Years ago, Alexander Haig evolved the theory that most diseases are due to uric acid. The data on which he founded his theory were not corroborated by scientific men, and investigation showed that his methods were unreliable. In spite of the fact that Haig’s theories are utterly discredited, and have been for years, the uric acid fallacy still persists, although it is now largely confined to the public. Shrewd business men, especially those who are more intent on making money than they are concerned with the manner in which that money is made, owe much to Haig’s theory. As a business proposition, uric acid has been one of the best-paying fallacies on the market—and possibly still is.
Contemporary with, and to a certain extent a corollary of, the uric acid fallacy was another, vie, that lithium would eliminate uric acid. This.at once gave a good working principle for the proprietary men. Uric acid, we were told, causes disease; lithium, we were also told, would eliminate uric acid; therefore, lithium is the new elixir of life! Could anything be simpler?
But in the early 1900s lithia water was hawked as the best available treatment for Bright’s Disease. One of the most renowned treatment centers was the health resort located at Buffalo Lithia Springs of Virginia, where guests drank, ate and bathed with the mineral water. “The Springs were known to Europeans as early as 1728 and operated as a commercial enterprise from about 1811 to the early 1940s. The Springs featured a hotel and health resort and opened a bottling plant around the turn of the century that sold water from Spring No. 2. … At its peak, Buffalo Springs water was sold in an estimated 20,000 drug stores throughout Europe, Canada, and the United States. (Abbott et al 1997:19-58).” An 1896 article in Public Opinion magazine described the health resort. “The hotel, of which Col. Thomas F. Goode is the proprietor, will remain open until October 1. The locality is one of nature’s grandest works…The hotel accommodations are excellent and the rates remarkably reasonable. …every facility exists for invalids to bathe in the mineral waters at any desired temperature. Medical men in all parts of the country praise the therapeutic value of the water of the Buffalo Lithia Springs.(Public opinion, Volume 21, pg 12)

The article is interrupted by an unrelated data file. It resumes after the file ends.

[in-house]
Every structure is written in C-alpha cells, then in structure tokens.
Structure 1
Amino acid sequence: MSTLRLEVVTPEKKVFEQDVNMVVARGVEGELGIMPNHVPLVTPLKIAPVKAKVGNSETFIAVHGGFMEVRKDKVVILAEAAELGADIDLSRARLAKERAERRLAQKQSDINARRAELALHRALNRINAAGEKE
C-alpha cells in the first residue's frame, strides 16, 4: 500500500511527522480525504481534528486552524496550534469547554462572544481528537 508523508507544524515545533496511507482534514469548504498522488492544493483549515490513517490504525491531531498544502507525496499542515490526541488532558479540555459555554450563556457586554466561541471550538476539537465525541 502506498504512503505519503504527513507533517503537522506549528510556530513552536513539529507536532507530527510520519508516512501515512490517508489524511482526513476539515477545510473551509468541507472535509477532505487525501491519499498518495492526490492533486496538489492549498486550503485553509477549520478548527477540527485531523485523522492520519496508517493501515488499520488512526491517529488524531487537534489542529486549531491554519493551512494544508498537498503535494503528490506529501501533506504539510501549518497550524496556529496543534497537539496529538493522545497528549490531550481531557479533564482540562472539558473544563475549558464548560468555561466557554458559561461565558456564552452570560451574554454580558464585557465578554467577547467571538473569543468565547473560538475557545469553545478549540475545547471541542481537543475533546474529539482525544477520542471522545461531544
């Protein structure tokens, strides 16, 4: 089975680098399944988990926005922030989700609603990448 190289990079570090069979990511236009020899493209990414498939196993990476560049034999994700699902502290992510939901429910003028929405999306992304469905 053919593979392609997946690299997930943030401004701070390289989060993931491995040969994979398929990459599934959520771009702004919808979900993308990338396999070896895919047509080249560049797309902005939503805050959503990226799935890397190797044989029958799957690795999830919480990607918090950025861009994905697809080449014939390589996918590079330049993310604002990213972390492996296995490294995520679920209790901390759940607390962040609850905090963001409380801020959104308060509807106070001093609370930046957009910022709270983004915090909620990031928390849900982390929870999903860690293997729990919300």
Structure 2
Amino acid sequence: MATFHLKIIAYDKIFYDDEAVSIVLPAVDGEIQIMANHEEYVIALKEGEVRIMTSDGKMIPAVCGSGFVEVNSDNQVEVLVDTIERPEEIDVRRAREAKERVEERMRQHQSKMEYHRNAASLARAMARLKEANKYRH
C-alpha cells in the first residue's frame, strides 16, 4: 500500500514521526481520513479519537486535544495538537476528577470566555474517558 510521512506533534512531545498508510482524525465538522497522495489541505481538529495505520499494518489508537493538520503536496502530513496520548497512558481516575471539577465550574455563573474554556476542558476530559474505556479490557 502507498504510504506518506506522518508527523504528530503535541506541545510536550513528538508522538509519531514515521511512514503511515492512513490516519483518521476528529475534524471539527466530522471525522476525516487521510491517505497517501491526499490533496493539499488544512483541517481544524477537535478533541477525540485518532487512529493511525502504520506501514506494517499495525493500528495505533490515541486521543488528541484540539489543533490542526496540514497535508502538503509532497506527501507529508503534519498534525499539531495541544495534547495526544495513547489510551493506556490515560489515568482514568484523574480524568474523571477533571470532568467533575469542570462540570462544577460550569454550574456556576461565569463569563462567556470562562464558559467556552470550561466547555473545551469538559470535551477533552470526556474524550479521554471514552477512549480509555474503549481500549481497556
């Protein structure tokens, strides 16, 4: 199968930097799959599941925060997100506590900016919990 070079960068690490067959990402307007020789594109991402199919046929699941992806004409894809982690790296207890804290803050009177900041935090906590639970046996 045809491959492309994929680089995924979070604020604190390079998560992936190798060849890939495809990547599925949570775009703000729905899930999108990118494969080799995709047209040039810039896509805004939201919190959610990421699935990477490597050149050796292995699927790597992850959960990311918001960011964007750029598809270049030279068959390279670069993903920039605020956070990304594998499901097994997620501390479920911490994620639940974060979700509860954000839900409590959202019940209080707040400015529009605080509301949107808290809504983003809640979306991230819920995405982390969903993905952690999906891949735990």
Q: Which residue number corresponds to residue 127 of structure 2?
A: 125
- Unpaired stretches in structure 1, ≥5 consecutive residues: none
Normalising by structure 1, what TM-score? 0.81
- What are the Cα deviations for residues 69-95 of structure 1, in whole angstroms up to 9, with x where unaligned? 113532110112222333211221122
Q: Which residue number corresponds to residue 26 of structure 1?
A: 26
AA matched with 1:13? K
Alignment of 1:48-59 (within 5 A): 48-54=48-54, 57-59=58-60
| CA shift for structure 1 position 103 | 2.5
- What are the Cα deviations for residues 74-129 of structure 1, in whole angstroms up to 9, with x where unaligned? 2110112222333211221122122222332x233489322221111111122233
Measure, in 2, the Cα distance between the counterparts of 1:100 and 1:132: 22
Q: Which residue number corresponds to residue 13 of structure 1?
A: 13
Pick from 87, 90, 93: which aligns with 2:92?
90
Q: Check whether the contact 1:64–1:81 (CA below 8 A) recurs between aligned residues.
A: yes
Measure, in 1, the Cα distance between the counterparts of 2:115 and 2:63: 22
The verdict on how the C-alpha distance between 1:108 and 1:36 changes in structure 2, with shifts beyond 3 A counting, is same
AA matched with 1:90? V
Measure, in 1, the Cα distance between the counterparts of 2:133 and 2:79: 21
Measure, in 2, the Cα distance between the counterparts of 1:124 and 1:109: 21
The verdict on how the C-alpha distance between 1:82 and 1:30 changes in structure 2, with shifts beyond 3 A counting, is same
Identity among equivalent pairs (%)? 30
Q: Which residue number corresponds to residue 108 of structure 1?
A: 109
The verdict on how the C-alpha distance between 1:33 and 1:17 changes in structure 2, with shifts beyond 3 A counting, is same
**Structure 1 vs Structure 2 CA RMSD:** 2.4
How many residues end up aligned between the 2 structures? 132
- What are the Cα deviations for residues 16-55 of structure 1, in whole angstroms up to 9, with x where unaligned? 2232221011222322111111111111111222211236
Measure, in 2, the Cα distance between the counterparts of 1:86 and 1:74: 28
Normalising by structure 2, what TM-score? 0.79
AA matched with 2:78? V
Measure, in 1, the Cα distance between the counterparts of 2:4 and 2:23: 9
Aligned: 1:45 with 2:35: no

An advertisement for Buffalo Lithia Water and the hotel at Buffalo Lithia Springs, VA promised to cure Bright’s Disease.
George Emory Swindle died August 17, 1909 at Buffalo Lithia Springs, VA.
Grave of George Emory Swindle, Beaver Dam Cemetery, Ray City, GA.
Eventually, medical evidence would show, as in this case, that mineral water was not an effective treatment for kidney disease. Although the Food and Drug Administration would force mineral water companies to cease false therapeutic claims, Buffalo Springs Mineral Water continued to be sold until 1949 .
Those with progressive kidney disease labeled as Bright’s Disease usually did not respond to treatments, which might also include bloodletting, and the treatments above. Those unresponsive to treatment were simply unlucky to be born in a time when medical knowledge was minimal. Current treatments for kidney failure of various types, like kidney transplant or dialysis, can significantly lengthen the lives of those who would once have been diagnosed with Bright’s Disease.
Bright’s Disease may be used in reference to Dr. Richard Bright, or one may find reference in literature and in older biographies, or medical texts. Today medical researchers and practitioners know that an all-inclusive label such as this obscures appropriate methods for cure, since not all kidney disease can be treated in the same manner. However, most honor Dr. Bright for at least localizing these diseases to the kidneys and pointing the way toward further research.
Read more on the 1921 AMA case against Buffalo Lithia Water
Children of George Emory Swindle and Margaret M. Futch:
- Leonard Columbus Swindle
- John N. Swindle
- James Henry Swindle
- George Perry Swindle
- Roy C. Swindle
- Leonadis A. Swindle